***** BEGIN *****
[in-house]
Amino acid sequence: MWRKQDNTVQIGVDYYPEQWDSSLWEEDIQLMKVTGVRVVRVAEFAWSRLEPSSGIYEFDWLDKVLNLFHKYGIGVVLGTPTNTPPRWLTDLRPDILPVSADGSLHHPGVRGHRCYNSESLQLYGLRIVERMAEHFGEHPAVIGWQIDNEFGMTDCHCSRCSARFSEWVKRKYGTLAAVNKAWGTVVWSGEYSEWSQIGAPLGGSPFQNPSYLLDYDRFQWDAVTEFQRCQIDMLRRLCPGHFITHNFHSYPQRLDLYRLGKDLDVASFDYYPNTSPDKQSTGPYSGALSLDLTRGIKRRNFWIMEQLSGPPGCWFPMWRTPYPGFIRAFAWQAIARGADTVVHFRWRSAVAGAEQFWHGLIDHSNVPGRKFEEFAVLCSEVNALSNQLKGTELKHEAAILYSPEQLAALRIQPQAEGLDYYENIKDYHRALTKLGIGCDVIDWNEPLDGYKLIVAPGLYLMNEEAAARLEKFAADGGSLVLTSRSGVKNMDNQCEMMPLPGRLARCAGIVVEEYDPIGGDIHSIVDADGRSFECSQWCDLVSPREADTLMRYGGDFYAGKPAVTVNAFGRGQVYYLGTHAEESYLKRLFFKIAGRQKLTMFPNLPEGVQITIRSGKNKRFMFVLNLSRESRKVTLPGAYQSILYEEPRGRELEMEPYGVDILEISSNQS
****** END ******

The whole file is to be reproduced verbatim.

[in-house]
Amino acid sequence: MWRKQDNTVQIGVDYYPEQWDSSLWEEDIQLMKVTGVRVVRVAEFAWSRLEPSSGIYEFDWLDKVLNLFHKYGIGVVLGTPTNTPPRWLTDLRPDILPVSADGSLHHPGVRGHRCYNSESLQLYGLRIVERMAEHFGEHPAVIGWQIDNEFGMTDCHCSRCSARFSEWVKRKYGTLAAVNKAWGTVVWSGEYSEWSQIGAPLGGSPFQNPSYLLDYDRFQWDAVTEFQRCQIDMLRRLCPGHFITHNFHSYPQRLDLYRLGKDLDVASFDYYPNTSPDKQSTGPYSGALSLDLTRGIKRRNFWIMEQLSGPPGCWFPMWRTPYPGFIRAFAWQAIARGADTVVHFRWRSAVAGAEQFWHGLIDHSNVPGRKFEEFAVLCSEVNALSNQLKGTELKHEAAILYSPEQLAALRIQPQAEGLDYYENIKDYHRALTKLGIGCDVIDWNEPLDGYKLIVAPGLYLMNEEAAARLEKFAADGGSLVLTSRSGVKNMDNQCEMMPLPGRLARCAGIVVEEYDPIGGDIHSIVDADGRSFECSQWCDLVSPREADTLMRYGGDFYAGKPAVTVNAFGRGQVYYLGTHAEESYLKRLFFKIAGRQKLTMFPNLPEGVQITIRSGKNKRFMFVLNLSRESRKVTLPGAYQSILYEEPRGRELEMEPYGVDILEISSNQS